The end of As The World Turns also represents (as many of us have mentioned) the end of the P&G soaps.
I’m also looking at it as the end of traditional soap opera. Despite the dramatic changes to ATWT and Guiding Light in their last years, they were still by and large traditional soap operas in the same vein that P&G had been producing for decades.
Many people have compared the end of ATWT and the end of GL. They both took two different pathways at the end of their lives.
Both were affected by budget cuts. GL decided to implement the much-discussed new production model, while ATWT shifted to a variation of the telenovela or “chapter” storytelling, minimizing the number of actors and sets used in a given period and thereby making cheaper episodes.
For many who wrote about the end of both shows, ATWT has been reviewed far more favorably than GL.
I ultimately found a level of satisfaction as both ended, but I am not sure I’d place ATWT leap years and miles in front of GL’s ending.
It’s true that GL’s last day seemed very disjointed, as if treading water for its final Josh/Reva scene. And there was the fuckery (I’m sorry, but there’s no other word) of the Jeffrey/Edmund story.
But I thought that the final months of GL – and especially those final weeks – beautifully captured characters as I knew and remembered them. THAT was the show I’d started watching almost thirty years before. (This was, I suspect, largely due to the positive influence of Jill Lorie Hurst, who understood who these people were and knew how to write for them.)
I thought ATWT’s final episode was beautiful – I heard it described perfectly online as something simple and heartfelt. But I don’t think the last six months of ATWT moved and involved me as much as the end of GL did.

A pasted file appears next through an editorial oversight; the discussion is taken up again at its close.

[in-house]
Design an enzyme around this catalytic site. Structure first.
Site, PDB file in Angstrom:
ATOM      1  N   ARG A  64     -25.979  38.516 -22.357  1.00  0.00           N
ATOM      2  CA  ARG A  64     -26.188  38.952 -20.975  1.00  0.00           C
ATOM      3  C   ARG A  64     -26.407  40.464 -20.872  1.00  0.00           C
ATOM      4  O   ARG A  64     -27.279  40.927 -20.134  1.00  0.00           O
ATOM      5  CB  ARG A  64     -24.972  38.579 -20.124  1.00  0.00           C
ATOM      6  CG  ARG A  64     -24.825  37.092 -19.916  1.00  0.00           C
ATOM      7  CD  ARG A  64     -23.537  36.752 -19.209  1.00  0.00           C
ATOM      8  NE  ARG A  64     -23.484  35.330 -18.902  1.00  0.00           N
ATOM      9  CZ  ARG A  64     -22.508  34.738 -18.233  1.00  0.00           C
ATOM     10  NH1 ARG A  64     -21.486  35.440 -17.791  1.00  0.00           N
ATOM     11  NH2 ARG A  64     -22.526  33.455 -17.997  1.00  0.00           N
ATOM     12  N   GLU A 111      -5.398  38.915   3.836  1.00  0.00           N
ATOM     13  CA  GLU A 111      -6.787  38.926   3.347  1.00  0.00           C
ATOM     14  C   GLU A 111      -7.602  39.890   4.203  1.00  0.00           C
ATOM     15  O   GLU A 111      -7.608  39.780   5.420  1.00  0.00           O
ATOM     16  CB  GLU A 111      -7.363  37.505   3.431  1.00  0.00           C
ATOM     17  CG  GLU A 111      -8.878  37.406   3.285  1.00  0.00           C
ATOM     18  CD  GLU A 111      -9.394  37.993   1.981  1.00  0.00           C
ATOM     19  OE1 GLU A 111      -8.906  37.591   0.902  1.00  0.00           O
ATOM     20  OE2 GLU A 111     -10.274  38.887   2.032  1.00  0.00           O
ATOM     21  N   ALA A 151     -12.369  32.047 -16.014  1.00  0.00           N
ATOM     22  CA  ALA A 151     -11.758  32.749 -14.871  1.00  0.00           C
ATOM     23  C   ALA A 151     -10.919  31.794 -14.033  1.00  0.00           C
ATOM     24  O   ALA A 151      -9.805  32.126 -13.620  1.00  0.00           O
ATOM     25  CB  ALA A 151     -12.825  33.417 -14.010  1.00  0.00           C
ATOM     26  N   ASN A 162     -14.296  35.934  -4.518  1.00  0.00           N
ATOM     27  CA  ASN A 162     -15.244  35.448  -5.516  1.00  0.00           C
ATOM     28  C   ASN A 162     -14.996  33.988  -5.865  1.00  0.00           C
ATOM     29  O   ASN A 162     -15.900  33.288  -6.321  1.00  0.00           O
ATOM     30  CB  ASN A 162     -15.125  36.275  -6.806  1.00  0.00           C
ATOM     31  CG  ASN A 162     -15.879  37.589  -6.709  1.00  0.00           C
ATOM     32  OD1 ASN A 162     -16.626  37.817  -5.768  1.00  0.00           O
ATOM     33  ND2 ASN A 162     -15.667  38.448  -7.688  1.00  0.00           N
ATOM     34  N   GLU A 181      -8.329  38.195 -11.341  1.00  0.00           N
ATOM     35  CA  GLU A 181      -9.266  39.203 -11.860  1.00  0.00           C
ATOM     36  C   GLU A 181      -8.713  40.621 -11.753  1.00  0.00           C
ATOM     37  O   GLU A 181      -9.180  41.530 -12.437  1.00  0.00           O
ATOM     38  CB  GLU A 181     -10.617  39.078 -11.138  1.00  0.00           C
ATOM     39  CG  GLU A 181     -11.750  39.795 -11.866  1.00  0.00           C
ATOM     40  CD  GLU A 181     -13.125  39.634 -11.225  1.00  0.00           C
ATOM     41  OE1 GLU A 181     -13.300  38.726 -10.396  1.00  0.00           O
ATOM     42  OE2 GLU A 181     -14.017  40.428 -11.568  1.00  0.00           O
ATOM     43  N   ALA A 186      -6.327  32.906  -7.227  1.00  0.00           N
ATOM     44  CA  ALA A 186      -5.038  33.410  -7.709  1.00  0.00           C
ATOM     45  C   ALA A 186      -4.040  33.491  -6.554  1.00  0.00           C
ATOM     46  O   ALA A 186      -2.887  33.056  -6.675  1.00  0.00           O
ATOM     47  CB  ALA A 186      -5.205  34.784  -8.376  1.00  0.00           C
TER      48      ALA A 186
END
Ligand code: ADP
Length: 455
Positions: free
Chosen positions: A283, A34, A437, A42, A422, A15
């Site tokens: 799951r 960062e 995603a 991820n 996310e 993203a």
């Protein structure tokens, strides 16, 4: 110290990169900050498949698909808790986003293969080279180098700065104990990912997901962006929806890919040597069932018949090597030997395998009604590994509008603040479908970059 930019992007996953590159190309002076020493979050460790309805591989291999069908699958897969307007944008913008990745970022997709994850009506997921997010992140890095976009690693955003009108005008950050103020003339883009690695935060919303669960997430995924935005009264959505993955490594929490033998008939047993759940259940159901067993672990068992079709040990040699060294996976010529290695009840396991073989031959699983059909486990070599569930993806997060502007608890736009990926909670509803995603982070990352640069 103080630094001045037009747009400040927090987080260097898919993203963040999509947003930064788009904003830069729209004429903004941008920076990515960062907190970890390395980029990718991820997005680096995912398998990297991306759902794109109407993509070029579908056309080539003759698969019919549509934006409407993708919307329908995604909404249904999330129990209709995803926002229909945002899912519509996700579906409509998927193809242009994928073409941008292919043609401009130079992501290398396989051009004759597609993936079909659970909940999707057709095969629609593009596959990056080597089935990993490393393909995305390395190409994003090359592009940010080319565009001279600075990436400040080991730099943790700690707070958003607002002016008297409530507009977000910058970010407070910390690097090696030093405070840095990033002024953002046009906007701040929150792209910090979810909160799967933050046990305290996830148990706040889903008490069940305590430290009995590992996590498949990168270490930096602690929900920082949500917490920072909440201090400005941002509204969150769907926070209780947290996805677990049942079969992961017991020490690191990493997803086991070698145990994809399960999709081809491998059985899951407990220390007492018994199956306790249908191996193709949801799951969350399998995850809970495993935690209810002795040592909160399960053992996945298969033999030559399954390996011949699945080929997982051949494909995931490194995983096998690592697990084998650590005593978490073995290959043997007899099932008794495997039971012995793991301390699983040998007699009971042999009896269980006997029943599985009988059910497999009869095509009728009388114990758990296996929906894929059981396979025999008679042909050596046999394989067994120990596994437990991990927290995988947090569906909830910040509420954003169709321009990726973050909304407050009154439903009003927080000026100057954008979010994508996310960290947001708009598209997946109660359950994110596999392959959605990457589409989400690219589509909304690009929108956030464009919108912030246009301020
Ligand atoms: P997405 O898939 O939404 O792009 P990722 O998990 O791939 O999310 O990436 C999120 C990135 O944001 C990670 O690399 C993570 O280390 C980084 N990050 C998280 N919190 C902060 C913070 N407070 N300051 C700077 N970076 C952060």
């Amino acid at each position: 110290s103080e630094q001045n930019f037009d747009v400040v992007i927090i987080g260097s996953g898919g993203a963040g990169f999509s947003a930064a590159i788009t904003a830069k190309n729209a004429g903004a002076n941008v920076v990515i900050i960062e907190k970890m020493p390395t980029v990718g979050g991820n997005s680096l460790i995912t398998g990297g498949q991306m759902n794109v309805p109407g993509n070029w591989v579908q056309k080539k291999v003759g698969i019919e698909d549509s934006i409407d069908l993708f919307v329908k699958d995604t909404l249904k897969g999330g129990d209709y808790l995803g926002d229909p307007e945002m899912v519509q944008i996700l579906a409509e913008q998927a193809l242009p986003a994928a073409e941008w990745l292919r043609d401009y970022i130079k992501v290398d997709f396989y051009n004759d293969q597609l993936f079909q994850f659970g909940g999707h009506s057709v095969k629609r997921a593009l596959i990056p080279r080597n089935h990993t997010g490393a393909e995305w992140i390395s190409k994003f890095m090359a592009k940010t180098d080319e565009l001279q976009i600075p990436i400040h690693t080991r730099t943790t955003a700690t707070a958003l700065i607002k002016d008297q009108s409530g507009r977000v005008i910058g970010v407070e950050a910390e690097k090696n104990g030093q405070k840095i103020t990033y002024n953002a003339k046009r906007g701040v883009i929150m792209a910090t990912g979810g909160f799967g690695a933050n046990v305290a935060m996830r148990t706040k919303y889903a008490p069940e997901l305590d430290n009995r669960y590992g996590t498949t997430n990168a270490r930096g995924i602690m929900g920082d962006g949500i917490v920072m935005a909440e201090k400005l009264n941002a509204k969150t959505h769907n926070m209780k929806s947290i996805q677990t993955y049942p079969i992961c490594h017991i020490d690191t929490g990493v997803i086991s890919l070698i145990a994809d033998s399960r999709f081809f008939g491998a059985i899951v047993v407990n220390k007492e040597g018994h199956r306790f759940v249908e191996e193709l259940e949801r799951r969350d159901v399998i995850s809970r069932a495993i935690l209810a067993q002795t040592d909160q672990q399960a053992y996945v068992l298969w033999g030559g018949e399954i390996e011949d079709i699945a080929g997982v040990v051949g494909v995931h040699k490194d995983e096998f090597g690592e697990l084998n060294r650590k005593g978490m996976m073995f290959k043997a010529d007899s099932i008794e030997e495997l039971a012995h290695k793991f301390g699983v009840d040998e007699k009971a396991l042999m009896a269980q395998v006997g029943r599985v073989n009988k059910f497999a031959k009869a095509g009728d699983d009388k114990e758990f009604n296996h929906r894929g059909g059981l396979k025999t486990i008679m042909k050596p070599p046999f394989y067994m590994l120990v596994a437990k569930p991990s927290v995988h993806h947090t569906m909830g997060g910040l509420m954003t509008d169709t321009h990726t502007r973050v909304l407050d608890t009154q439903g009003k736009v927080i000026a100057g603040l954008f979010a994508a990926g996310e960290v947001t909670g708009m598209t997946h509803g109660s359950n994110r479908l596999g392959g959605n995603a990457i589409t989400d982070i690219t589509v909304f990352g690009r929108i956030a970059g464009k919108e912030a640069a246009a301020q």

There were some wonderful moments – the Barbara/Henry story and the resolution of the whole Stenbeck legacy, Kim fighting to keep Chris safe, the Kim and Bob anniversary, Nancy’s funeral, any part of the Reid story.
And I understand the show wanted to remain contemporary to the end. I respect that choice, but I felt that some of the warmth that would engage us all as long-time viewers – the incredible warmth of seeing so many veteran GL characters at the end of that show – simply wasn’t there, or was fleeting. (Don Hastings and Kathryn Hays couldn’t do it all by themselves!)
I wish we’d have seen more of the on-canvas vets, as well as even the briefest of visits from a few important people.
And though the sets looked nicer, the lights brighter and the look of the show was much as it was twenty years ago, the feel of the show was very different.
If you were, as I was, a fan of both shows, I’d love to hear what you think when you compare the ending of both shows.